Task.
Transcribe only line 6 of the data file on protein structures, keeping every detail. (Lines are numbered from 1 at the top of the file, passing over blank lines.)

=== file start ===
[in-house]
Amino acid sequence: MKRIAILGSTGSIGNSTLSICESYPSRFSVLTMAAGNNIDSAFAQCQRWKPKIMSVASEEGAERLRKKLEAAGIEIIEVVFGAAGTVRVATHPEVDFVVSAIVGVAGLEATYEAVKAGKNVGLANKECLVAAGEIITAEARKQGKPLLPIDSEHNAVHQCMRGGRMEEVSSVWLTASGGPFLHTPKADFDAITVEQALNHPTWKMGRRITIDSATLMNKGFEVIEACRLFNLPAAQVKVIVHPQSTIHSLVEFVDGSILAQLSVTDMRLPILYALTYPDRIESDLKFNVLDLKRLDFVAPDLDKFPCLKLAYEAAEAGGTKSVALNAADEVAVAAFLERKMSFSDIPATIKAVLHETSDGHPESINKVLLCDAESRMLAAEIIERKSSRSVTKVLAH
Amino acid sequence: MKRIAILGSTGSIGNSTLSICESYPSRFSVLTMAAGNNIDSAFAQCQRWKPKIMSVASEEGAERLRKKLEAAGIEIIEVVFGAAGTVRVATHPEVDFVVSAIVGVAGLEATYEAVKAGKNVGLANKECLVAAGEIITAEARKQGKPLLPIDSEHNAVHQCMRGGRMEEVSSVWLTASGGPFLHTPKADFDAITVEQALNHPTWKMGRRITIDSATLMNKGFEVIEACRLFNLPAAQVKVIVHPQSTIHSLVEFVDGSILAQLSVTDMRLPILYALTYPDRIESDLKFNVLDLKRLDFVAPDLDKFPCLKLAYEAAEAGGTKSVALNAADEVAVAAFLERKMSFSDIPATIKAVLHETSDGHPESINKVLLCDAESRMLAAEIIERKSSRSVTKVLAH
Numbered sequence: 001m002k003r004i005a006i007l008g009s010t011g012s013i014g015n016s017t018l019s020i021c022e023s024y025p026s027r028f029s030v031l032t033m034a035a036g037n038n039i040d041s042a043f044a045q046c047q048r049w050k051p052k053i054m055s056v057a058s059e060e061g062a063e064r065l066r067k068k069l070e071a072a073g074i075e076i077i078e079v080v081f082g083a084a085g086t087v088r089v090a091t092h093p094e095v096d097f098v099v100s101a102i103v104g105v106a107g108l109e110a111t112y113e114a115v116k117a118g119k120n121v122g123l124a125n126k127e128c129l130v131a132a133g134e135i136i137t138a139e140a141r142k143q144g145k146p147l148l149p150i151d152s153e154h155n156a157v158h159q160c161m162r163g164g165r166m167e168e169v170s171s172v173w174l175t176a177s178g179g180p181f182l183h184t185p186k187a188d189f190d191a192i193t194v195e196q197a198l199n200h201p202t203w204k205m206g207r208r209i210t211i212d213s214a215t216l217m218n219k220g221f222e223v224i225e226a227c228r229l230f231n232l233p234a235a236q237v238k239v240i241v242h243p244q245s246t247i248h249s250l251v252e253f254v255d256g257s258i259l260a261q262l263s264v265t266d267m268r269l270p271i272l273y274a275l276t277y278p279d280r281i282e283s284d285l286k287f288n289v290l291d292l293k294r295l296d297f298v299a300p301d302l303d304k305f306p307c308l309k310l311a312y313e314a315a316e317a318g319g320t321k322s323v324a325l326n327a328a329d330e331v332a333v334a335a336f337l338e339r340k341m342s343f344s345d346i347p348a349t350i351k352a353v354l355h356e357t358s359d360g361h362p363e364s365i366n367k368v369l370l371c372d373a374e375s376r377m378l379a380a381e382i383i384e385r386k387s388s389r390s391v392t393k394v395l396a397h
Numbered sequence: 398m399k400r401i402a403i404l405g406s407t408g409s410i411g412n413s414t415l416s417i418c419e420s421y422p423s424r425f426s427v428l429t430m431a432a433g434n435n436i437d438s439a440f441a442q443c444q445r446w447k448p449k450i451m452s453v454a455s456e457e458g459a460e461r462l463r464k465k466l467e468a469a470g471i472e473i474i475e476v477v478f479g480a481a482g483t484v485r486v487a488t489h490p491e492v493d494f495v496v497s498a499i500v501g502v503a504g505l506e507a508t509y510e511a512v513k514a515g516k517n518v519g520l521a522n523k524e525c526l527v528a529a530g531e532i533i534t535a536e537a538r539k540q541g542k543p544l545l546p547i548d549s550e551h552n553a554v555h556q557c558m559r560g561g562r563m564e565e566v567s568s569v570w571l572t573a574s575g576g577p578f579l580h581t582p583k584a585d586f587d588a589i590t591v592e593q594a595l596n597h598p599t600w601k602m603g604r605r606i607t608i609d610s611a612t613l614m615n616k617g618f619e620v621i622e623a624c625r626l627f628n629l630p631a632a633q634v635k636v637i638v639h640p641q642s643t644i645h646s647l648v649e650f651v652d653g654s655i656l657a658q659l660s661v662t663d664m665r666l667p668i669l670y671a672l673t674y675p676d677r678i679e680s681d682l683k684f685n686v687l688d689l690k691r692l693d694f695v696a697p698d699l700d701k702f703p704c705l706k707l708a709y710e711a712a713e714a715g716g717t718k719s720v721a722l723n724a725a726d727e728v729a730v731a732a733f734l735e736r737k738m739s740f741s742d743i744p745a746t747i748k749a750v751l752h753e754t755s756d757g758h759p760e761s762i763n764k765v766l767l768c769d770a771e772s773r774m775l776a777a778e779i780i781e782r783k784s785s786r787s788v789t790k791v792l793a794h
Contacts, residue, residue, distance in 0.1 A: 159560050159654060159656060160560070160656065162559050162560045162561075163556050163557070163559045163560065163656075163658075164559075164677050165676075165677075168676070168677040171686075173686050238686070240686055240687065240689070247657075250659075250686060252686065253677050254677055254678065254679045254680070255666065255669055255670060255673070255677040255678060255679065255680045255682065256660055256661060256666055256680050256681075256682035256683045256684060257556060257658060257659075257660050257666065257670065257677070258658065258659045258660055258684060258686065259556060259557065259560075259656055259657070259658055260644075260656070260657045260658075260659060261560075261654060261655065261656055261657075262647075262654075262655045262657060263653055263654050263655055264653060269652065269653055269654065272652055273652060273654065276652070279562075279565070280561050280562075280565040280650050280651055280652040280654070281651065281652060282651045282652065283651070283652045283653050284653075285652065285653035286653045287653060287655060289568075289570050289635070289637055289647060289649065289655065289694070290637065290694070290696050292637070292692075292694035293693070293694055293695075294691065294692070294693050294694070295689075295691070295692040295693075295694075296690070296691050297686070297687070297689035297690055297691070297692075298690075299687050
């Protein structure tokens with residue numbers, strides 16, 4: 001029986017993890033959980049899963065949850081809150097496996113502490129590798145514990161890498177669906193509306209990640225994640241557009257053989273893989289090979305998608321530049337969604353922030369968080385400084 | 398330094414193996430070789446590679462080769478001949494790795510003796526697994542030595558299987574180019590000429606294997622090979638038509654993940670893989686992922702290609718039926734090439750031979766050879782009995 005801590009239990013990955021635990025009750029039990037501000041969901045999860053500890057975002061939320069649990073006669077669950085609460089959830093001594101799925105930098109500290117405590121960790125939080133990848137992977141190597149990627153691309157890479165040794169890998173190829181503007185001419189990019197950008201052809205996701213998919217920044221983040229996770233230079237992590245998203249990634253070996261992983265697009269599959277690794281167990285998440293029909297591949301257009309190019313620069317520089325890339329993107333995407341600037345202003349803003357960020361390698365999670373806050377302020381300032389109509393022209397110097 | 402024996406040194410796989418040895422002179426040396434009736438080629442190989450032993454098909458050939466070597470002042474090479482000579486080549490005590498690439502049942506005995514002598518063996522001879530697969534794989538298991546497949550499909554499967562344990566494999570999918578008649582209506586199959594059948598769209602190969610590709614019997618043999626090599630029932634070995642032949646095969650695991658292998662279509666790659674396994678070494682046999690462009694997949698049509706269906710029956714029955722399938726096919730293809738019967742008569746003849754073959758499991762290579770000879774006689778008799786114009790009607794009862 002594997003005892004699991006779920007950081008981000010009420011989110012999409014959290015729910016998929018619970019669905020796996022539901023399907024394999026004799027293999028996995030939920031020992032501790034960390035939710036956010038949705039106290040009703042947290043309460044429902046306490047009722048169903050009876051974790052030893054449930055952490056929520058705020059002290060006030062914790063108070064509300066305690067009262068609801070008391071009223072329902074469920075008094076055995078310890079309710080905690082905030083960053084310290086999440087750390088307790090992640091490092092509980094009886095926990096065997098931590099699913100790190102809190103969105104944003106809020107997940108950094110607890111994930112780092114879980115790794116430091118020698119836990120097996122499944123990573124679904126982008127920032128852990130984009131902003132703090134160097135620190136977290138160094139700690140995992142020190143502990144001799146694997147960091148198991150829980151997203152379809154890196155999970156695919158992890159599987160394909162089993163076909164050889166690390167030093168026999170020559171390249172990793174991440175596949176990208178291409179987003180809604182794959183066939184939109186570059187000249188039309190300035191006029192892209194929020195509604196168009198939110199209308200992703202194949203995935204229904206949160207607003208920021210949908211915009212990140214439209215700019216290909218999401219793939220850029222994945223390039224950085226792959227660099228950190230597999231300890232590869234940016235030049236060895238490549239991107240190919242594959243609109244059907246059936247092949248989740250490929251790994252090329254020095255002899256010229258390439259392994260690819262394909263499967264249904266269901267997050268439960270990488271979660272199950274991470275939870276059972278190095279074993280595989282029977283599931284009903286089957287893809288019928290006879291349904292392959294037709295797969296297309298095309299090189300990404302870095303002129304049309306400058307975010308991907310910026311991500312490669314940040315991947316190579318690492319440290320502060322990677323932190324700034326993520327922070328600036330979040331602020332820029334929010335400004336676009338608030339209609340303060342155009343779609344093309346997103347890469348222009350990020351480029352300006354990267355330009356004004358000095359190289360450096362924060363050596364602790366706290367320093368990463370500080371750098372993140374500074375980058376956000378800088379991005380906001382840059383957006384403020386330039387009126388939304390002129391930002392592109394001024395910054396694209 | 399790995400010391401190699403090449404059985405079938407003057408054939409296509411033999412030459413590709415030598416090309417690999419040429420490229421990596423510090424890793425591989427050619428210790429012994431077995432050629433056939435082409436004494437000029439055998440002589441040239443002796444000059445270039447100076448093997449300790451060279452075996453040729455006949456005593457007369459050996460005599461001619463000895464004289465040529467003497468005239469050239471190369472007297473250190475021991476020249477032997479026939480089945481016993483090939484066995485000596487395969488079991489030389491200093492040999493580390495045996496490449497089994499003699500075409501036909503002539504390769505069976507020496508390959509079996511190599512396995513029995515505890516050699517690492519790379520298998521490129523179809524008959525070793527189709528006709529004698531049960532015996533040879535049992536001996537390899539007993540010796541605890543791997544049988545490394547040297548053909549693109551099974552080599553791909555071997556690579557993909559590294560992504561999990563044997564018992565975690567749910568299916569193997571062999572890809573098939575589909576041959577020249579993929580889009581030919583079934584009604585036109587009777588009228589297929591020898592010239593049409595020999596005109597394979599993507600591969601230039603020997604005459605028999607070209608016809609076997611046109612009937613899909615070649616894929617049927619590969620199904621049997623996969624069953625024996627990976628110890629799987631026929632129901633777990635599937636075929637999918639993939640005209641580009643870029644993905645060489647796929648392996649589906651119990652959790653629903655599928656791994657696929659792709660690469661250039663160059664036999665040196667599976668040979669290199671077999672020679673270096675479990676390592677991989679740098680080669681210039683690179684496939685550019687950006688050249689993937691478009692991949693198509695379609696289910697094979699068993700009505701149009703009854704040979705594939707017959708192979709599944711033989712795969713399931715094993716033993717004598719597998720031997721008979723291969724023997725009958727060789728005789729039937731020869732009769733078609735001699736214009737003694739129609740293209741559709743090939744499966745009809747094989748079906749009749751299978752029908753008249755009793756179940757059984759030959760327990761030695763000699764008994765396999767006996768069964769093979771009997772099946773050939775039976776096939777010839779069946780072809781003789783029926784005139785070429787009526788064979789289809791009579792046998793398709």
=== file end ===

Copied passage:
Contacts, residue, residue, distance in 0.1 A: 159560050159654060159656060160560070160656065162559050162560045162561075163556050163557070163559045163560065163656075163658075164559075164677050165676075165677075168676070168677040171686075173686050238686070240686055240687065240689070247657075250659075250686060252686065253677050254677055254678065254679045254680070255666065255669055255670060255673070255677040255678060255679065255680045255682065256660055256661060256666055256680050256681075256682035256683045256684060257556060257658060257659075257660050257666065257670065257677070258658065258659045258660055258684060258686065259556060259557065259560075259656055259657070259658055260644075260656070260657045260658075260659060261560075261654060261655065261656055261657075262647075262654075262655045262657060263653055263654050263655055264653060269652065269653055269654065272652055273652060273654065276652070279562075279565070280561050280562075280565040280650050280651055280652040280654070281651065281652060282651045282652065283651070283652045283653050284653075285652065285653035286653045287653060287655060289568075289570050289635070289637055289647060289649065289655065289694070290637065290694070290696050292637070292692075292694035293693070293694055293695075294691065294692070294693050294694070295689075295691070295692040295693075295694075296690070296691050297686070297687070297689035297690055297691070297692075298690075299687050